This may sound like a great success story, but as Harris tells it, it's more a tale of demonic possession. The malign force in question is capital, the blind, unquestioning service of whose growth has laid waste to countless natural landscapes, once-thriving communities, and indigenous lifeworlds (a term Harris at no point defines, which says something about his assumed audience). And he emphasizes that it is a force, or rather a set or forces, centrally positioning an idea expressed in Frank Norris' 1901 novel The Octopus: A Story of California (a Penguin Classics paperback of which I remember seeing on the desk of my stoner junior-year college roommate). "RAILROADS BUILD THEMSELVES," declares its rail-baron character Shelgrim. "The Wheat is one force, the Railroad, another, and there is the law that governs them — supply and demand. Men have only little to do in the whole business."
In Harris' interpretation, Shelgrim "urged readers (and writers) to think of the world’s transformation at the end of the nineteenth century in terms of forces rather than men, and indeed that explains how a man as insubstantial as Stanford could come to occupy such an important historical place." Harris writes with unveiled disdain for not just Leland Stanford, eighth governor of California and founder of Stanford University, but most of the major players in the development of Palo Alto in particular and California in general, a rogue's gallery of bigots, cranks, gamblers, thugs, and failsons (a word I'm surprised he never uses, given his penchant for "clusterfuck"-type millennial slang). In modern times, "Steve Jobs and Bill Gates are very important characters in the story, but they’re more meaningful as personifications of impersonal social forces"; if they "hadn’t been themselves, some other guys would have been them instead."
That doesn't stop Harris from taking personal jabs at them, and especially at Jobs, whose unpleasant body odor and callous personality come in for reference after conspicuous reference. "If Jeff Bezos was a well-trained capitalist, then Jobs was a jaw-dropping natural talent," he writes. "He was so good at escaping his obligations and foisting them onto other people that as a young founder he threw his pregnant girlfriend out of the house and successfully abandoned her and the child for years, only relenting and paying $385 a month in child support after a DNA test." This passage brought to mind the time I stayed at an Airbnb (a service founded by what Harris calls "the Airbnbozos whose defining feature is an eagerness to unleash forces they don’t understand onto as many people as they can, as fast as possible") run by the sister of that very girlfriend, Chrisann Brennan.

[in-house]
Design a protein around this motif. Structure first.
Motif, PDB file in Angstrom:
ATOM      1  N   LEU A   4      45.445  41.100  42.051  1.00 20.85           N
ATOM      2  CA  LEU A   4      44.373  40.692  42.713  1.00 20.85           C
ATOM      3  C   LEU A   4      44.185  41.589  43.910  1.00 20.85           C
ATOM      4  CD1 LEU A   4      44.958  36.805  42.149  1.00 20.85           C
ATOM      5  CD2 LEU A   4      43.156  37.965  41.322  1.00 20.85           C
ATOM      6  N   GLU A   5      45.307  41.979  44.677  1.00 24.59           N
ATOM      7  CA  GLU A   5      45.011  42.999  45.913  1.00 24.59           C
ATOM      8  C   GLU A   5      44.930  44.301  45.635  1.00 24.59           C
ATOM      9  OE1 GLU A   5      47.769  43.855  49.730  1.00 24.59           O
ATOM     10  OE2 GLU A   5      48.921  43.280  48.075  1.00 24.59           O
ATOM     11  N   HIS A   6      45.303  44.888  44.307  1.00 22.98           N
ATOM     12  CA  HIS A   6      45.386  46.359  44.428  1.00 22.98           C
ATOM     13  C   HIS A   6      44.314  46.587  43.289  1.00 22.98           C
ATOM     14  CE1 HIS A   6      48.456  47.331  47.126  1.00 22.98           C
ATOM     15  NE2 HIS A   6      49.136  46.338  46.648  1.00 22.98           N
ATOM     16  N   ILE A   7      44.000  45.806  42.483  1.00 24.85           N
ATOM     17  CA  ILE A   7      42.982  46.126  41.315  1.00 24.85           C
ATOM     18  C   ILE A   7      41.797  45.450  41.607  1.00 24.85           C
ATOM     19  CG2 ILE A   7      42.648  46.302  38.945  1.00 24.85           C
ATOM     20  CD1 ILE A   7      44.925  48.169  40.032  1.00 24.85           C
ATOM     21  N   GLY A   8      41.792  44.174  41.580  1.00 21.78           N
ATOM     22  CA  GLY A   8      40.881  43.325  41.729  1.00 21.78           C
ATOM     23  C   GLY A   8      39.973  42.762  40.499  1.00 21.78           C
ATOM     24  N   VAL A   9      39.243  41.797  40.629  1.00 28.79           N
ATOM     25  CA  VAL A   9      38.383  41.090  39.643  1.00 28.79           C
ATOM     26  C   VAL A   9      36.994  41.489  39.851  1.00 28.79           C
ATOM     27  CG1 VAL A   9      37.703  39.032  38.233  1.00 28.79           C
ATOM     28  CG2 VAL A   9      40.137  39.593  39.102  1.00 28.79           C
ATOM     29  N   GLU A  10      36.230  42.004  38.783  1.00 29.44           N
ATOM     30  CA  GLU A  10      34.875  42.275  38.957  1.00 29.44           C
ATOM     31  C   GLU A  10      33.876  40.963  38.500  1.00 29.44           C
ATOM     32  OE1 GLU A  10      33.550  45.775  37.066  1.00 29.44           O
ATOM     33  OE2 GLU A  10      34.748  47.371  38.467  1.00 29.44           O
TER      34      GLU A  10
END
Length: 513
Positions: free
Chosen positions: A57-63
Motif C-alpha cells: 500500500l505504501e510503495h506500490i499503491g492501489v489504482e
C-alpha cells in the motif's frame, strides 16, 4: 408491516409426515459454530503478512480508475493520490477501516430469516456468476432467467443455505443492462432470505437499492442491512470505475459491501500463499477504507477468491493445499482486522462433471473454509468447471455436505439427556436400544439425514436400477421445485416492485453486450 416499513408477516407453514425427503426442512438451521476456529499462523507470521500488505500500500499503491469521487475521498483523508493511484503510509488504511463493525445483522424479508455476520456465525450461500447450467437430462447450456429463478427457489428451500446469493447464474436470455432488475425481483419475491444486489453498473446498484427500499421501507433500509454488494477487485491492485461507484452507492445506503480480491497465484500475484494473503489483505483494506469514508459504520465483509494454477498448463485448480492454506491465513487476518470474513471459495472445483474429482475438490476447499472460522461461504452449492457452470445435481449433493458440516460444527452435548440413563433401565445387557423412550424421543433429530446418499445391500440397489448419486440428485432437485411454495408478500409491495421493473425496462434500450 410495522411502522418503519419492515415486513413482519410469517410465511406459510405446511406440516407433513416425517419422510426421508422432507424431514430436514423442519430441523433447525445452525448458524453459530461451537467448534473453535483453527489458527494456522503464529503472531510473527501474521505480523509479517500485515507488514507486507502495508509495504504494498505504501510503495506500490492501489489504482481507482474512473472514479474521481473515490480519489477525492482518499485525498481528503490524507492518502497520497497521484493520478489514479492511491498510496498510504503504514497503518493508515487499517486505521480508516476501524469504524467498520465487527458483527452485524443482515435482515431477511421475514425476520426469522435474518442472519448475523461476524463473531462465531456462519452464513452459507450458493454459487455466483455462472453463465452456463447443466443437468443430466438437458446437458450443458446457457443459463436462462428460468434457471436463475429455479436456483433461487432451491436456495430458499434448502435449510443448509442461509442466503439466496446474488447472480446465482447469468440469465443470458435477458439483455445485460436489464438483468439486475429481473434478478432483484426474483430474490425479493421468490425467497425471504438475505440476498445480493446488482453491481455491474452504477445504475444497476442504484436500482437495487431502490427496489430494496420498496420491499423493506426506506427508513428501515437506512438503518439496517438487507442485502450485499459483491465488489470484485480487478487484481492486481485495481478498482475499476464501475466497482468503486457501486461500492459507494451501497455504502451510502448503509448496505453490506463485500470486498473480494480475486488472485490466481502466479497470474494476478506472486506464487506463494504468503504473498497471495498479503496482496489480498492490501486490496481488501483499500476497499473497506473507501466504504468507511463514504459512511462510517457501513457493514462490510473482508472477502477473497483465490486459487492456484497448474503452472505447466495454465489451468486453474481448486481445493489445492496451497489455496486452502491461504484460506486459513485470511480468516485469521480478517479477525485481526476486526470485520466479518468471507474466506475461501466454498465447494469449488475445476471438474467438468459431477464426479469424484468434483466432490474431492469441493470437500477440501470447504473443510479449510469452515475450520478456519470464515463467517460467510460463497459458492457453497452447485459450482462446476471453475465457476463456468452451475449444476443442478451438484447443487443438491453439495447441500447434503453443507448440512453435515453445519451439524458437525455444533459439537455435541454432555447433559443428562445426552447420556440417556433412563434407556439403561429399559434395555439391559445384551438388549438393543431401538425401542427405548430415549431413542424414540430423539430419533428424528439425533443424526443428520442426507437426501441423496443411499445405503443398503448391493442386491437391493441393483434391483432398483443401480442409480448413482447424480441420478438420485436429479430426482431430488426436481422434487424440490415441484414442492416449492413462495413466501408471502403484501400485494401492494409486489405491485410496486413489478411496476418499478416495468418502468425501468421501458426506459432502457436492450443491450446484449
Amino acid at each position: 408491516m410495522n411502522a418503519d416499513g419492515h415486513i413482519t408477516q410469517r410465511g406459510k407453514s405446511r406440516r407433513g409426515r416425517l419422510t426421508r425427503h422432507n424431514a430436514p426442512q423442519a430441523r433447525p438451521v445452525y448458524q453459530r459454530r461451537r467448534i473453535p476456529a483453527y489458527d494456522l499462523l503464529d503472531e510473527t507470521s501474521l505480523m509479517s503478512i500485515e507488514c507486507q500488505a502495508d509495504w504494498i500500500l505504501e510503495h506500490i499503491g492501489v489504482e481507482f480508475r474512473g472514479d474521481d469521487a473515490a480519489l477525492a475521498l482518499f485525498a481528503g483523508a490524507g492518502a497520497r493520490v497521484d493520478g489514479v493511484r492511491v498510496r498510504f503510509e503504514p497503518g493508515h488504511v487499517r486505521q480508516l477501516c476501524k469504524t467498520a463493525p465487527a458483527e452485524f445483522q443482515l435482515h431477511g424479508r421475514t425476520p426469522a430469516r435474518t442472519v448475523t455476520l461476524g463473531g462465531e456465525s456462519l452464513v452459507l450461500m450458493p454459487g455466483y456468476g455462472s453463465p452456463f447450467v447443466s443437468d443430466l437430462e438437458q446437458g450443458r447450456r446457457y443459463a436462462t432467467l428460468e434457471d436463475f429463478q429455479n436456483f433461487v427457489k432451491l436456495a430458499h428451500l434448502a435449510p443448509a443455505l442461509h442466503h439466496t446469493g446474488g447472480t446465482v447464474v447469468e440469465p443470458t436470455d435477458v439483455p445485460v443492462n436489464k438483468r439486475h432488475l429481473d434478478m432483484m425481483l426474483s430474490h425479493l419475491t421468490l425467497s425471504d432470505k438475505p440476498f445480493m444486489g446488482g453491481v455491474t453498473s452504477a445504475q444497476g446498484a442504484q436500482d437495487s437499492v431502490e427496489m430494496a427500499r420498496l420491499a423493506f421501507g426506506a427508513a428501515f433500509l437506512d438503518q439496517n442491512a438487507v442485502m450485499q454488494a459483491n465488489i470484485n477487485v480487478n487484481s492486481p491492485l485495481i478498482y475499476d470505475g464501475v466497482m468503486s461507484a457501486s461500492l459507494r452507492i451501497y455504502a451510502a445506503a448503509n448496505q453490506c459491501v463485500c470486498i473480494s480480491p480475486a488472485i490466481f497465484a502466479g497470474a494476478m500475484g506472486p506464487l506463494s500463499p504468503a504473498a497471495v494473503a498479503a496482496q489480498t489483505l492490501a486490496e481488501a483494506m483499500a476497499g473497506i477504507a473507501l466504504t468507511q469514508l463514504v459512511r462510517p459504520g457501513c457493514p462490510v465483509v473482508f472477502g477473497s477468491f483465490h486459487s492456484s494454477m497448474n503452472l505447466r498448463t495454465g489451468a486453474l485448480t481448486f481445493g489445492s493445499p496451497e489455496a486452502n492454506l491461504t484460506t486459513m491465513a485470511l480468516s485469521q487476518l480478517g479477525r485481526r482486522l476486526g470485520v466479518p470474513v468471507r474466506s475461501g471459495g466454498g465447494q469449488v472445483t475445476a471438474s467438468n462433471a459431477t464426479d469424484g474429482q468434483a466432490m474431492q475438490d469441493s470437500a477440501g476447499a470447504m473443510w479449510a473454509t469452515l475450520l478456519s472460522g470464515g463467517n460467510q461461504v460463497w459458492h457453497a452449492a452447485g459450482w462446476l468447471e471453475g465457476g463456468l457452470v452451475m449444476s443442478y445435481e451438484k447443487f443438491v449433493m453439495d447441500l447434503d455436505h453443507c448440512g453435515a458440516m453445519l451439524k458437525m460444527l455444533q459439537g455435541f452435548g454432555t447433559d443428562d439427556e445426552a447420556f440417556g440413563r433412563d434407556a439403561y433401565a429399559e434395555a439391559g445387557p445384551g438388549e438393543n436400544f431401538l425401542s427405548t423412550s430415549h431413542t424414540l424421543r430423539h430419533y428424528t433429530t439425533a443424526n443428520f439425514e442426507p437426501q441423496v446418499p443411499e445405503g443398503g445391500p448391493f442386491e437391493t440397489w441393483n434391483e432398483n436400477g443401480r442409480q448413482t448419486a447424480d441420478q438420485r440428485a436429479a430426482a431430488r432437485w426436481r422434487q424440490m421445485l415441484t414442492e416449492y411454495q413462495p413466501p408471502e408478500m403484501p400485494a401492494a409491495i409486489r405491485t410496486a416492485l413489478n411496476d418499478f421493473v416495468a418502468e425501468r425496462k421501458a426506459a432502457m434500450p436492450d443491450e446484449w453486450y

Brennan had then recently published a memoir called The Bite in the Apple. "Everybody thinks Steve Jobs was such a good guy," her sister said, "but this book tells the truth about him." I didn't reply that, as far as I could tell, almost nobody thought Steve Jobs was a good guy. There was, of course, a widespread respect for his sheer success (which can reach idiotically worshipful heights here in Korea), but seldom did I hear it expressed without acknowledgement of his profane tirades, his parking across three disabled spaces, and so on. Some speak admiringly of his "reality distortion field," which could be a manifestation of what Harris calls his "instincts for exploiting people, for getting the most out of them without putting too much into them, for implementing harsher deadlines than workers would otherwise accept," which happened to be "exactly the qualities history was ready to elevate."
Despite a fascination with early personal computing, I never got interested in Jobs, who, like many American titans of industry, always stuck me as an absolute void of joie de vivre. A similar deficiency afflicts practically every human being involved in Palo Alto, no less the reckless, rapacious capitalists than the ultra-earnest activists and revolutionaries. But in the analysis on offer here, they're not characters in themselves, but rather human expressions of civilizational-scale processes. "What interests me is not so much the personal qualities of the men and women in this history," Harris declares up front, "but how capitalism has made use of them." Adam Cadre, a writer whose work I've long enjoyed, once memorably articulated this kind of worldview: "What are you if not the sum of your contexts? What is a human being if not a locus for history and biology and statistics to play themselves out?"
I can't imagine that Cadre, who's avowedly left-leaning enough to have described large swaths of his own writing as "socialist propaganda," would find much political disagreement with Harris. (This is underscored by his essay on The Social Network, in which he writes positively of the Occupy Wall Street movement in which Harris made his name.) Nor can I imagine that either would find much political agreement with, say, the conservative libertarian venture capitalist Peter Thiel, one of the villainous specters looming over Palo Alto's later chapters. "It’s not precise enough to say that Thiel has been at the right place at the right time," Harris writes. For capital, he is the right place. The historical forces acting through Thiel are much larger than his intentions; if there’s anything that sets him apart from his peers it’s that he understands that fact better than they do. Forces, not men."